A stitch in time saves nine, they say — and a blood thinner in time saves a trip to the emergency room for a heart attack, as Diagnostic Robotics hopes to show. The company’s machine learning-powered preventative care aims to predict and avoid dangerous (and costly) medical crises, saving everyone money and hopefully keeping them healthier in general — and it’s raised $45 million to scale up. It’s important to explain at the start that this particular combination of AI, insurance, hospital bills, and “predictive medicine” isn’t some kind of technotopian nightmare. The whole company is based on the fact that it’s both better for you and cheaper if you, for example, improve your heart health rather than have a heart attack.
A security researcher has found a way that an attacker could leverage the macOS version of Zoom to gain access over the entire operating system. Details of the exploit were released in a presentation given by Mac security specialist Patrick Wardle at the Def Con hacking conference in Las Vegas on Friday. Some of the bugs involved have already been fixed by Zoom, but the researcher also presented one unpatched vulnerability that still affects systems now.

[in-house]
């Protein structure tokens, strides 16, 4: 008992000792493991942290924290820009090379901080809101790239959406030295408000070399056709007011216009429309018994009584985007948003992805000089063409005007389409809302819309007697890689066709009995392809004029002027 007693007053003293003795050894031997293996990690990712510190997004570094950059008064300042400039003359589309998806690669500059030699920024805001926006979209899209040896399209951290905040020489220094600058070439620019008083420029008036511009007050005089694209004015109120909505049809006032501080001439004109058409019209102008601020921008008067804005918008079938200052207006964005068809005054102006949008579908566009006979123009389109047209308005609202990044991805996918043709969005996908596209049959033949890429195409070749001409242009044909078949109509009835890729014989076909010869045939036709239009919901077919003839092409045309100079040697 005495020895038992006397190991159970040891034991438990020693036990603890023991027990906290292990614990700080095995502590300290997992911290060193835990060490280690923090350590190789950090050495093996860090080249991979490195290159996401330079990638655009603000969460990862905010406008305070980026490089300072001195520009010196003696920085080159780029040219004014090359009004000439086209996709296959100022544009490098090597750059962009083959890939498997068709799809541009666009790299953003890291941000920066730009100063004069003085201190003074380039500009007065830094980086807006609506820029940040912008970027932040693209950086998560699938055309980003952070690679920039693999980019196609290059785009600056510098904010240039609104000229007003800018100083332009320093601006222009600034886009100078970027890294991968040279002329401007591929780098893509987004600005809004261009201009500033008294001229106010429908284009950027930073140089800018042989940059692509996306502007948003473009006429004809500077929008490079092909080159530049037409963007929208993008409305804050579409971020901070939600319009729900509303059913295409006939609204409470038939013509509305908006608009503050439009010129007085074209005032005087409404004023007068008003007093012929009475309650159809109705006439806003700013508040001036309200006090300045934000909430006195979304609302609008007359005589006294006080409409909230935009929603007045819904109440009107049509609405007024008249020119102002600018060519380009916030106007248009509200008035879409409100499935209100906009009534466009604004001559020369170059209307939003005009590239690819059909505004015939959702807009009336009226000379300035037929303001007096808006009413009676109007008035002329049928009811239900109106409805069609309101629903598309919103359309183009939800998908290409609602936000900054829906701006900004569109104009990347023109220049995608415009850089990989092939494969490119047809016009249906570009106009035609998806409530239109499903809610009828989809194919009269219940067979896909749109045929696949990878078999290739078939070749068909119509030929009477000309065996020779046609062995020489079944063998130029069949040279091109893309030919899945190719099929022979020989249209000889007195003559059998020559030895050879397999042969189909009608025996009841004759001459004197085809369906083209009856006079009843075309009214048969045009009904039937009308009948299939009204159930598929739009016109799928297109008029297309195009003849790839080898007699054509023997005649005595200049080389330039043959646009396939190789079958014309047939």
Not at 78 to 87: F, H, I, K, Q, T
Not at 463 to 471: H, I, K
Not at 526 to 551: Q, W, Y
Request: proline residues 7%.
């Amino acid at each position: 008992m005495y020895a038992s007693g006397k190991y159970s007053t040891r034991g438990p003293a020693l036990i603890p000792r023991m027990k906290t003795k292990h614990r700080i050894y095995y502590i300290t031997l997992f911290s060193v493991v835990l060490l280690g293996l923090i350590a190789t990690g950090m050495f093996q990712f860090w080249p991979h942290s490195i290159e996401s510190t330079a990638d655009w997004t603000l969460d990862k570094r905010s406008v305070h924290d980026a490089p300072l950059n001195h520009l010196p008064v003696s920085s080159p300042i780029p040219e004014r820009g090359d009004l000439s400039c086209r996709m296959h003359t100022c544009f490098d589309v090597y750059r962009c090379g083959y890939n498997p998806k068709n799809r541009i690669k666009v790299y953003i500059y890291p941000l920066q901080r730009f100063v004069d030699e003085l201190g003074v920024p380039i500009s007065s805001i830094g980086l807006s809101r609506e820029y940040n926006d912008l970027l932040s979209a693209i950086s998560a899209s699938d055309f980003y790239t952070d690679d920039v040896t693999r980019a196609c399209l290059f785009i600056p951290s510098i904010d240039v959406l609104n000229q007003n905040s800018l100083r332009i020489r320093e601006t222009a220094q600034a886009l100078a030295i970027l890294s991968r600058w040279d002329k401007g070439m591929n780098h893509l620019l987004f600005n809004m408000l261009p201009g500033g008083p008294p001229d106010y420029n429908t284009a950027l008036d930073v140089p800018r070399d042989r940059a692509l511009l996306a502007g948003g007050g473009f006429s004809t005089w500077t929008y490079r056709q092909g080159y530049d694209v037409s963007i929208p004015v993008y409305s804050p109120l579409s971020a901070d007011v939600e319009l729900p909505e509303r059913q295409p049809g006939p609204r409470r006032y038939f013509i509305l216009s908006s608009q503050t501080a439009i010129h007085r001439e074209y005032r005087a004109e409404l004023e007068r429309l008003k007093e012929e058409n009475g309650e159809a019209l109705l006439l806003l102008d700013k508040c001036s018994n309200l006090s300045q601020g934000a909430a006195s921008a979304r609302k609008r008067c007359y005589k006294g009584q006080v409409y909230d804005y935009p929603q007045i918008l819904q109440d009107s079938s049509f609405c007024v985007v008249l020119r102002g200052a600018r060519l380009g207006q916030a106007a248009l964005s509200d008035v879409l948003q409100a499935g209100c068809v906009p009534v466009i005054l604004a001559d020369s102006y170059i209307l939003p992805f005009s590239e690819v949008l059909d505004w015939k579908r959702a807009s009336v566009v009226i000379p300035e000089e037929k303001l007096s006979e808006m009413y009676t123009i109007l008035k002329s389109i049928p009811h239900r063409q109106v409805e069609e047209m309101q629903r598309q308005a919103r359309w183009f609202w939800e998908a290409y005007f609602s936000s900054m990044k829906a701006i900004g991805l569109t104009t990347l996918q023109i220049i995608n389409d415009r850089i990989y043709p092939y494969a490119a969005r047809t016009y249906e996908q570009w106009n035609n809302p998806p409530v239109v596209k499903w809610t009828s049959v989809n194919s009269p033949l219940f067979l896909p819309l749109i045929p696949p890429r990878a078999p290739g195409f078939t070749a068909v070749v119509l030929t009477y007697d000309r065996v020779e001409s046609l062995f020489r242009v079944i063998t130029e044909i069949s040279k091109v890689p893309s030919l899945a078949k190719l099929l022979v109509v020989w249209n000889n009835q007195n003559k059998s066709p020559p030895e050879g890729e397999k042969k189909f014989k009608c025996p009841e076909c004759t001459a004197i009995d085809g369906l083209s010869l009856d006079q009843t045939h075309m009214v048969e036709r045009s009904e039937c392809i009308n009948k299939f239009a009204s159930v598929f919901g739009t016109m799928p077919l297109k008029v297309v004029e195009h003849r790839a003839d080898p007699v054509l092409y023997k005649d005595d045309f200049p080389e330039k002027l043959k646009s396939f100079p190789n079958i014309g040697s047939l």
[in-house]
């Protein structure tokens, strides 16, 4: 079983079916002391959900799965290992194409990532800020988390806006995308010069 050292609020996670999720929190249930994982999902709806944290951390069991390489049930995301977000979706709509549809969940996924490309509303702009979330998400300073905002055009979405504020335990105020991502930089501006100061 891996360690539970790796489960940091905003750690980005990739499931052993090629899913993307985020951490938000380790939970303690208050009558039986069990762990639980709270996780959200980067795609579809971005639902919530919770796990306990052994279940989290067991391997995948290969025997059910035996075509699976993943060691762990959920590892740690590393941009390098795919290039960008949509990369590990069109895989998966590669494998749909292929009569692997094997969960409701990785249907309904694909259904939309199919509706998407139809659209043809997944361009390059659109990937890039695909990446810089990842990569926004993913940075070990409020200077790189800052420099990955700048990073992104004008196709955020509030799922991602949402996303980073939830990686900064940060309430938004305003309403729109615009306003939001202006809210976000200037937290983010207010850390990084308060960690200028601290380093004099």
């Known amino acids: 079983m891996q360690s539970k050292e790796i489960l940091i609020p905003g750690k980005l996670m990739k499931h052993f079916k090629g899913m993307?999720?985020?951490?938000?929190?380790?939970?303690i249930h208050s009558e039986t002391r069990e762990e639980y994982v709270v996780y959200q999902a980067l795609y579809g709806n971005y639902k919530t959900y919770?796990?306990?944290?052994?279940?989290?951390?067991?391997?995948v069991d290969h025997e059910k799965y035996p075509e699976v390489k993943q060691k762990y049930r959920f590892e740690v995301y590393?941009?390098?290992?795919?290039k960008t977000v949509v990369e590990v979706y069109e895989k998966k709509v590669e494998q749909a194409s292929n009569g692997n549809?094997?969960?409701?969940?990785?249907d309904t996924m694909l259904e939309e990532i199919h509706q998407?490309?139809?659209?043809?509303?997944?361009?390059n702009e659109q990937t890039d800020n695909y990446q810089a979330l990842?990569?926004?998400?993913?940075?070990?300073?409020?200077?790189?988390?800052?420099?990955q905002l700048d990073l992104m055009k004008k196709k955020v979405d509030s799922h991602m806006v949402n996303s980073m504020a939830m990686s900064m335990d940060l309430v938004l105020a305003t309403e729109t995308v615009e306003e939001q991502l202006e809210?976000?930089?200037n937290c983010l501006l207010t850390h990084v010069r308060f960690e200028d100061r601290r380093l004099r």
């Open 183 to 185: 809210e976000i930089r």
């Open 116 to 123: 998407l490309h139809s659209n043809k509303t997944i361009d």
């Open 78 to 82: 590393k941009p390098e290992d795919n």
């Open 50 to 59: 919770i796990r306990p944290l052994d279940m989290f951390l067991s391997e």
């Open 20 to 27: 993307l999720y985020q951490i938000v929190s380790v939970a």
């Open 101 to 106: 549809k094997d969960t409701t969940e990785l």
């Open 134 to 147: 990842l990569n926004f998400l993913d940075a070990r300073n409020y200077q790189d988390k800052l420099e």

Disinformation has become a much bigger challenge for election officials since the 2020 election, leading the Department of Homeland Security’s Cybersecurity and Infrastructure Agency to beef up its efforts to fight falsehoods that could undermine the democratic process. The danger of disinformation has become an “incredibly difficult problem,” CISA Director Jen Easterly said Friday during a press briefing at the DEF CON cybersecurity conference in Las Vegas.
AWS customers are used to hearing about the cloud provider’s “shared responsibility” model when it comes to security, which means that while AWS promises customers it won’t allow its servers and networks to be compromised, customers still have to do the work of securing their own applications. Inside the company, however, the buck stops with the head of each service offered by AWS. “Service leaders are responsible for the profit/loss, success/failure and, most of all, the security,” said CJ Moses, AWS’ chief information security officer (CISO) since January. “There are no excuses or finger pointing, so leaders don’t leave security success to chance, but rather actively own it.”